Visitors both German and foreign, such as the two English writers W.H. Auden and Christopher Isherwood, felt almost magically attracted by Berlin – by the city’s great size, by its rhythm, but most of all by its gay scene. “Berlin,” Auden remarked, “is a dream for pederasts.” And Isherwood, years afterward, expressed the city’s fascination most succinctly: “To Christopher,” he wrote, “Berlin meant boys.” Everything seemed possible; everything was possible.

As the capital city of the German Empire (the Second Reich, dissolved in 1919), Berlin was already the home of a multibranched, many-sided queer subculture. In the 1920s, Berlin could offer more than a hundred cafés, bars, and taverns that were mainly frequented by queer people of all stripes.

The writer Emil Szittya remembered a visit to a transvestite bar named “Mikado”: “At the piano sat the Herr Baron Sattlergrün, who however preferred to be called ‘Baroness.’” Another legendary spot was Silhouette, a small, permanently smoke-filled pub that did a thriving business well into the wee hours of the morning. While the guests ate chicken soup, a pale young man, wearing woman’s clothes and accompanied by a blind pianist, would sing melancholy songs; Marlene Dietrich and the composer Friedrich Hollaender were two of Silhouette’s regular customers.

In the evening hours, certain parts of the Tiergarten (the large park in the middle of the city) were turned into gay playgrounds; moreover, there were veritable gay brothels, camouflaged as bathhouses or massage parlors, where men could meet and have sex.

Read on…

Periodical Political Post *71

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Queer News

Other News

Periodical Political Post *70

milkboys News & Articles 5 Comments

Queer News

Other News

Austria deems Teenage Boy not gay enough to deserve Asylum

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Austrian officials rejected an Afghan gay teenage asylum seeker because aggression isn’t ‘expected from a homosexual’, according to the report written on him by the responsible officials. The official found no grounds for fear of persecution for the 18-year-old, according to the Falter Newspaper. Homosexuality is illegal in Afghanistan and can be punishable by death.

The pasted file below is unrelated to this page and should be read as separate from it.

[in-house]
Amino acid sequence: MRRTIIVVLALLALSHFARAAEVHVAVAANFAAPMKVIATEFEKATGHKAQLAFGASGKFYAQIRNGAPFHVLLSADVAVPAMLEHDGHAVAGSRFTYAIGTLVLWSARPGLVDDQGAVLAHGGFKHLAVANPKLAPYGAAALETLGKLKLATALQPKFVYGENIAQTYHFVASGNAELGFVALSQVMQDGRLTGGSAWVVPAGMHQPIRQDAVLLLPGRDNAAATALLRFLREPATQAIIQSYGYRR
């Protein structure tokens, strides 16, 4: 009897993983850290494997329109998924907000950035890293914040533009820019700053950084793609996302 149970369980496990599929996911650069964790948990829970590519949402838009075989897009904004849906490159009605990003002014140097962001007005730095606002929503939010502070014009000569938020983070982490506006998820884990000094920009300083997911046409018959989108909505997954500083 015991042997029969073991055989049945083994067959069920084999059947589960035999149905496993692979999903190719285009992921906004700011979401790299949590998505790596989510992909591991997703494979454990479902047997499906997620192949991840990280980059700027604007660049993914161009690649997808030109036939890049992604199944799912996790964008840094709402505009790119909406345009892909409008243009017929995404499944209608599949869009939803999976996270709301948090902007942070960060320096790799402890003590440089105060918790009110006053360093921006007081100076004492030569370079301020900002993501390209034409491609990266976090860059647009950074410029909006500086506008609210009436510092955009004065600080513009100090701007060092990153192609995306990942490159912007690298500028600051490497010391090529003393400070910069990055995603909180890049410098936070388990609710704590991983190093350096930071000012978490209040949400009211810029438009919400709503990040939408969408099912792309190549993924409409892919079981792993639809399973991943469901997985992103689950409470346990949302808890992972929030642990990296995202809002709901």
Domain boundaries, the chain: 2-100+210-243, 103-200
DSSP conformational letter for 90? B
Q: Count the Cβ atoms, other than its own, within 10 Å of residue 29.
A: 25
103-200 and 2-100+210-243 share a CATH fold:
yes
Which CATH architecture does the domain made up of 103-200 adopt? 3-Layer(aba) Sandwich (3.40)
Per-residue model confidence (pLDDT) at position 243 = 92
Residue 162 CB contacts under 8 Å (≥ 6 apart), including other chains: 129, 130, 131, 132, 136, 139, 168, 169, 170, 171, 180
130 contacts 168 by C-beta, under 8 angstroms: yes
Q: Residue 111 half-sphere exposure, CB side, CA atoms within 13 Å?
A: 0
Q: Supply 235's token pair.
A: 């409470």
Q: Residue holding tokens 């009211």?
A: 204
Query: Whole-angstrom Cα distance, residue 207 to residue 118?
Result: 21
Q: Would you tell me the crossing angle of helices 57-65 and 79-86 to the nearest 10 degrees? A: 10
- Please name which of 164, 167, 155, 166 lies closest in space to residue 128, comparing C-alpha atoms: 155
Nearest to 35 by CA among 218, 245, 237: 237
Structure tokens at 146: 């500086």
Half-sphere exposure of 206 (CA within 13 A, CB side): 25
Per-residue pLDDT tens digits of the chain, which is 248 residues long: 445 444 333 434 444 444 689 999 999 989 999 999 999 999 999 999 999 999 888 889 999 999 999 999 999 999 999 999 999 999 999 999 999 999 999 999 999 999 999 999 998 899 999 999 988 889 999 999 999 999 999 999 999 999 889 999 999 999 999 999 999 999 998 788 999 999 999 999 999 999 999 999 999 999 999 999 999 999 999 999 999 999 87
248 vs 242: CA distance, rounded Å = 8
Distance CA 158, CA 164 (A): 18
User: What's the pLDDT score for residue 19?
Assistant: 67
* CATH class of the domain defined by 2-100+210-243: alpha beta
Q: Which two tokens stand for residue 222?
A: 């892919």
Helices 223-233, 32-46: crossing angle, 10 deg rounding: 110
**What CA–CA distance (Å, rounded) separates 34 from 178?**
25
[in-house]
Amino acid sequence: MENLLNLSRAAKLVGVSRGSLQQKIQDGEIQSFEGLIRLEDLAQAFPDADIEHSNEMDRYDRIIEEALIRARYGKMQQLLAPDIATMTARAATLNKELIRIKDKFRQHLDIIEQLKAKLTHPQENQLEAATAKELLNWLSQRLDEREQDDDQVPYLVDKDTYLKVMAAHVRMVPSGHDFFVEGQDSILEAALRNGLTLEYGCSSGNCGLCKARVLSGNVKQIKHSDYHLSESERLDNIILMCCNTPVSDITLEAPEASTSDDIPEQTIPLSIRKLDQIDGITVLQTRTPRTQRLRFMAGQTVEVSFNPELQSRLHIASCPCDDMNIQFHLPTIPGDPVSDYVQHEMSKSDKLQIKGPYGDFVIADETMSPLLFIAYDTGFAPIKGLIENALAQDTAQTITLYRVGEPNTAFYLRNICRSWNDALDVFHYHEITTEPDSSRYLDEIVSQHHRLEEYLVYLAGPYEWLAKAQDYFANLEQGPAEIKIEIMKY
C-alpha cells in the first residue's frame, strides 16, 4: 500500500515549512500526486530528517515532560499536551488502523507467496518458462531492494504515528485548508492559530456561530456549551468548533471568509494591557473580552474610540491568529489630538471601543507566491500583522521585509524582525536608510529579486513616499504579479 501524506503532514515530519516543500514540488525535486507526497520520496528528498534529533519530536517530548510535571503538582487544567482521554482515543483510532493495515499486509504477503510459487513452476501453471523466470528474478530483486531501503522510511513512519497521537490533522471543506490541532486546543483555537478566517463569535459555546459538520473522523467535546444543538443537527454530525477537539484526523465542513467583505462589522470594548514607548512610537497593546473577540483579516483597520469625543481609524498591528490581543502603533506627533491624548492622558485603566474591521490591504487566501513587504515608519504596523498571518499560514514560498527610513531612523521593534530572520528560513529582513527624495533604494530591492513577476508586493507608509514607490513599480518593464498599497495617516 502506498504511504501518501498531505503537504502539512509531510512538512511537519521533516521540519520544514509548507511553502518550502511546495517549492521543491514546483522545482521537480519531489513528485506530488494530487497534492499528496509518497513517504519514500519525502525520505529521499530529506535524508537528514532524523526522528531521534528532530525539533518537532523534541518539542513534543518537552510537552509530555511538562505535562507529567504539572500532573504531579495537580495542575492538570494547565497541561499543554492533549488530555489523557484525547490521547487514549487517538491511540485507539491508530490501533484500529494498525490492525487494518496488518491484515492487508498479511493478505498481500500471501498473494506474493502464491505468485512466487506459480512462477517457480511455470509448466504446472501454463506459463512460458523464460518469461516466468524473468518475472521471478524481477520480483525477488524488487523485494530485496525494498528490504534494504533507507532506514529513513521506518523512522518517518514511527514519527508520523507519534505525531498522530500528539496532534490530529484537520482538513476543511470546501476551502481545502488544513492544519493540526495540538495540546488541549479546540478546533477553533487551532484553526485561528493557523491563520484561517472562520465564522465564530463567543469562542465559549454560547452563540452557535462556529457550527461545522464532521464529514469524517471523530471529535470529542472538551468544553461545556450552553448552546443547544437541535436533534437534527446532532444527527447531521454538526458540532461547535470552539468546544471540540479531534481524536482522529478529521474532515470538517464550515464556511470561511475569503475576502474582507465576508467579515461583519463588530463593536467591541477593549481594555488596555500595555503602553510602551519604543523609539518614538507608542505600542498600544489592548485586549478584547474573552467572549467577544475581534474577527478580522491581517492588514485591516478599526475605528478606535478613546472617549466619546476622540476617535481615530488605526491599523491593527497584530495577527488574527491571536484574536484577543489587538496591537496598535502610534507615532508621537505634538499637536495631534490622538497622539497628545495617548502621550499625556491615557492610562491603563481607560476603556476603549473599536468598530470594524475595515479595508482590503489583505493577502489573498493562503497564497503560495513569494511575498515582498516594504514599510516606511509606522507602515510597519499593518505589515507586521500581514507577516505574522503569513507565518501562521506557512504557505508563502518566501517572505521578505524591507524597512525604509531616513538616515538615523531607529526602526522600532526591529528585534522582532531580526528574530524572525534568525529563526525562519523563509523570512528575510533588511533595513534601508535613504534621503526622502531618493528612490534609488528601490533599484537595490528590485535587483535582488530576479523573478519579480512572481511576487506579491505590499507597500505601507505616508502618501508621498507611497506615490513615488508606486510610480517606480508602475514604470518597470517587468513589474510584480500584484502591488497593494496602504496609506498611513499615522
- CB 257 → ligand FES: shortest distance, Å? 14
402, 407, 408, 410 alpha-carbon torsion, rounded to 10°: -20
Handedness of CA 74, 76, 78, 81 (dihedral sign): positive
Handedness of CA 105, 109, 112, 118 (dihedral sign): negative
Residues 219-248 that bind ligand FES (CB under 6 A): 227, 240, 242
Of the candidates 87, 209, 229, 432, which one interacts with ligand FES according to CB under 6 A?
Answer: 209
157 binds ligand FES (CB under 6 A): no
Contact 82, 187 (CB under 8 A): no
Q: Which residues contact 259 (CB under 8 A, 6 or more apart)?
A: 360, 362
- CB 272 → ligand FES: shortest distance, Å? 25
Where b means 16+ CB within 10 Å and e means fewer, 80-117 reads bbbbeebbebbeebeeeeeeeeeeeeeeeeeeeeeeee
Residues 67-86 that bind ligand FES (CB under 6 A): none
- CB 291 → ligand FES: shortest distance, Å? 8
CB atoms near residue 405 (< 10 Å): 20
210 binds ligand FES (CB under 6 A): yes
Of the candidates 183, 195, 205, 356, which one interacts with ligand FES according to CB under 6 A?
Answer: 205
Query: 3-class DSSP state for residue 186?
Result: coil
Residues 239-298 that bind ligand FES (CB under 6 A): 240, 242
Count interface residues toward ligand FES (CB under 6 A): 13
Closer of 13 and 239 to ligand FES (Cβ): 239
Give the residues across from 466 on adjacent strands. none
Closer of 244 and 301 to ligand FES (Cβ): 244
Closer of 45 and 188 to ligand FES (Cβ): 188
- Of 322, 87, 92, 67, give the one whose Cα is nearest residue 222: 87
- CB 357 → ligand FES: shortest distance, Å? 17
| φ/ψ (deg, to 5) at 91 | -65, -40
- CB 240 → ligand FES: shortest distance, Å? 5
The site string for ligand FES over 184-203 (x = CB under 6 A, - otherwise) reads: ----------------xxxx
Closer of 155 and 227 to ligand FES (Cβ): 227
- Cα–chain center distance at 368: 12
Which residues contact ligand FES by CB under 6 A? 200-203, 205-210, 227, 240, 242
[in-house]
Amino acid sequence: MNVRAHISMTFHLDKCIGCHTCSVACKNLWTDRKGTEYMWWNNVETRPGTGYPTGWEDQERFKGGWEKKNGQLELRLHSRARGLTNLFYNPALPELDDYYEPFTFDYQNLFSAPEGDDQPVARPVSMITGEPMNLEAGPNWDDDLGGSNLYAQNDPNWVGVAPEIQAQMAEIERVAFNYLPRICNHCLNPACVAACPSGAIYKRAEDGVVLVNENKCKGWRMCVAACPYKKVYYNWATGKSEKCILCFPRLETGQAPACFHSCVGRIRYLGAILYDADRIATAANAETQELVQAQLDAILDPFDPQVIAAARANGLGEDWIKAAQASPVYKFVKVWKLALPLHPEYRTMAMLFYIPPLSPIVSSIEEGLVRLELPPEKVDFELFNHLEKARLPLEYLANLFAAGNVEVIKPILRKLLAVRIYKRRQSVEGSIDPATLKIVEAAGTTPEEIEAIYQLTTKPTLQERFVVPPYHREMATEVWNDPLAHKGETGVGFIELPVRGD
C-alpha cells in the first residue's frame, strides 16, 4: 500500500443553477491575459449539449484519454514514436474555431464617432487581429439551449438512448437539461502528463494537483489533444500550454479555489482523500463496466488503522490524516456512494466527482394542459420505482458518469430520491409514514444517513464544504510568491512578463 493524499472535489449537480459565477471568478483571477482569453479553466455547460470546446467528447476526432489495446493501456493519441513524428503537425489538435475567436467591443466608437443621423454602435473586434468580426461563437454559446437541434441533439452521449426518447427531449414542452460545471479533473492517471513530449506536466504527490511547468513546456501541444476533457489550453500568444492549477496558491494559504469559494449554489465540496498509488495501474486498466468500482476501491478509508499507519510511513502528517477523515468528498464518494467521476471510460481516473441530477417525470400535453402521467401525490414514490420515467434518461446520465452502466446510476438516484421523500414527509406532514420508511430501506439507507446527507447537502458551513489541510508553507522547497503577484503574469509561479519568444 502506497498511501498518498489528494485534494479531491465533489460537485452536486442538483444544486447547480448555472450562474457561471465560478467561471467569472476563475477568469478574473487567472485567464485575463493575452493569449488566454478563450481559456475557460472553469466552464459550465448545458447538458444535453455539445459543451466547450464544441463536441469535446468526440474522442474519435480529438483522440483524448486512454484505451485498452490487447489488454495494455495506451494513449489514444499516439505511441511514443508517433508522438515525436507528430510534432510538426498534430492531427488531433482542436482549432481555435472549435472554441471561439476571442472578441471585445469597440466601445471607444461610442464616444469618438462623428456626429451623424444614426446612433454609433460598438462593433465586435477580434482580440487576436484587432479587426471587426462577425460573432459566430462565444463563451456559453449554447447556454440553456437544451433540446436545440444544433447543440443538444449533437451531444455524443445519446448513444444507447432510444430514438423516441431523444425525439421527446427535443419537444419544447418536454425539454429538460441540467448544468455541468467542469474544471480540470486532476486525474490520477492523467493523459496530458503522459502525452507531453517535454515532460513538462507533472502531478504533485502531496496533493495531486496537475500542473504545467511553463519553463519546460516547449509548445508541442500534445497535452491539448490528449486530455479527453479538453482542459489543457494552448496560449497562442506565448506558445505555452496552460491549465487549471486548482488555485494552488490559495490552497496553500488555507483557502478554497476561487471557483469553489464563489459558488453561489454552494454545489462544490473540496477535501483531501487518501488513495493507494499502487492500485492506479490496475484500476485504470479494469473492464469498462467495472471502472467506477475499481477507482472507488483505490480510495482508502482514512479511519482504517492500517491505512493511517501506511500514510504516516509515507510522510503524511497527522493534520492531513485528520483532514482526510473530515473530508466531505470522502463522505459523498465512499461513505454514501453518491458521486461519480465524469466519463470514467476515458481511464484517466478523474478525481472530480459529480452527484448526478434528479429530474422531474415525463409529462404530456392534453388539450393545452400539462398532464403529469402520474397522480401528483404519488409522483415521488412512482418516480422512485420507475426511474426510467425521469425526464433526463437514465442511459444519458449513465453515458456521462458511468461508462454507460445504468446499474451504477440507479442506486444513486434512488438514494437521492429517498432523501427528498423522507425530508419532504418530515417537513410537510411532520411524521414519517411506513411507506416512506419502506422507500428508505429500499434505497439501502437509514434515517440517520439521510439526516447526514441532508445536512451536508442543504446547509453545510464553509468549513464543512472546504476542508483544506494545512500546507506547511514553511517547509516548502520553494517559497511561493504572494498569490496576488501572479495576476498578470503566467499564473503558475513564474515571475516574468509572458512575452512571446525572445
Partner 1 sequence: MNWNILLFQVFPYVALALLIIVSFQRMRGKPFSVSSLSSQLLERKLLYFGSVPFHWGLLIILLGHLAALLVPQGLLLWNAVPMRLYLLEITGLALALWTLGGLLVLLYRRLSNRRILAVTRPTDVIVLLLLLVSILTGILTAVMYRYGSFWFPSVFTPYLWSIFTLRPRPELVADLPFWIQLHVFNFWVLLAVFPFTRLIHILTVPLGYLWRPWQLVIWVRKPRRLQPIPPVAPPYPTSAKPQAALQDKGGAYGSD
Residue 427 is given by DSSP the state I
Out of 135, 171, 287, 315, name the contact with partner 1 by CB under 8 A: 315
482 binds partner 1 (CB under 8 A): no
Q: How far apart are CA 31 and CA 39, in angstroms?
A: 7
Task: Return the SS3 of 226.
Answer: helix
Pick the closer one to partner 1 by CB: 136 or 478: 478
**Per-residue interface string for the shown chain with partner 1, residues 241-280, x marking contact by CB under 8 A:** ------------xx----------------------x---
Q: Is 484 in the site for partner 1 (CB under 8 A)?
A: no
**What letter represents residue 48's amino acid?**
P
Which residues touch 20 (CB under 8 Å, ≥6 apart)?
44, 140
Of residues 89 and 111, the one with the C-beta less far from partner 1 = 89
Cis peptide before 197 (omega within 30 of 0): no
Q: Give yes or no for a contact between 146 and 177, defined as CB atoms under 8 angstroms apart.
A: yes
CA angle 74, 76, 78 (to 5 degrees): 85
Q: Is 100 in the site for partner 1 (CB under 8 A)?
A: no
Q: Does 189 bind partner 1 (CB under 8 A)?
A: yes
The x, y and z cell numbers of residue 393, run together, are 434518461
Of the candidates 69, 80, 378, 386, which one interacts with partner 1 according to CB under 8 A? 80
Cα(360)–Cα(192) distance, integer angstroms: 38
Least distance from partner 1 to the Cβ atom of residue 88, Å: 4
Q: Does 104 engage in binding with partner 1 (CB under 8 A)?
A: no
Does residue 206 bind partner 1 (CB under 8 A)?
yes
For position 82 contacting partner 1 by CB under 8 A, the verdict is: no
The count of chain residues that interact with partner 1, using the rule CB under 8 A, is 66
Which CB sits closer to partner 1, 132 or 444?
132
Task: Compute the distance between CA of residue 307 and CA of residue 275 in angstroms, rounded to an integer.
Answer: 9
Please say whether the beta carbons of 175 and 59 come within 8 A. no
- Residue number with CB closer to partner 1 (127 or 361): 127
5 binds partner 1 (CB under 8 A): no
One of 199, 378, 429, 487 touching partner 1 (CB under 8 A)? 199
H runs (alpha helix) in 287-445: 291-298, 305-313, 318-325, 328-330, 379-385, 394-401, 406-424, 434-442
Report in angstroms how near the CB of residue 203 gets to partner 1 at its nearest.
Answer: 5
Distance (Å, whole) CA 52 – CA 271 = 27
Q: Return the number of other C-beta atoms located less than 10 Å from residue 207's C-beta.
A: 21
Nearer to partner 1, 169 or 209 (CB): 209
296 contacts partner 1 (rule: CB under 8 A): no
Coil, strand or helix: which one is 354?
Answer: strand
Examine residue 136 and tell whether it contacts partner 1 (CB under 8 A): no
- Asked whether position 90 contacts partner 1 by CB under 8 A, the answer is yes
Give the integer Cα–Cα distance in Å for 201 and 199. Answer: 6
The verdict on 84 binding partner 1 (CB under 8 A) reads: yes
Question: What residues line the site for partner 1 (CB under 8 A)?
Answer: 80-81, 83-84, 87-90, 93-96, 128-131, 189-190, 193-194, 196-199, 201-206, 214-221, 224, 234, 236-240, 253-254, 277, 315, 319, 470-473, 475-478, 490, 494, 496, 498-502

The assessment contained many concerns. It reportedly stated that, because the teenager got into a fight with roommates in his accommodation, he had ‘potential for aggression’. This ‘wouldn’t be expected from a homosexual’.

The report also noted: ‘The way you walk, act or dress does not show even in the slightest that you could be homosexual. Astonishingly, the report used having only a few friends and spending time alone against him. The assessment noted: ‘Aren’t homosexuals rather social?’

The 18-year-old also noted he kissed straight men. The official rejected this, saying that no straight guy would allow this to happen and would have beaten him. The Falter reported that the man came to Austria as a minor and is appealing against the decision.

This comes days after it was revealed an Iranian asylum seeker was rejected because he couldn’t explain what the six colours of the Pride flag stand for.

According to the Federal Office for Aliens and Asylum (BFA), not knowing the meaning behind the global LGBTI flag was reason enough to block his asylum request. Luckily, Austrian LGBTI group ‘Queer Base’ were able to support him through the process, and he has now been given asylum in the country.

Kim Petras, Modern Pop Princess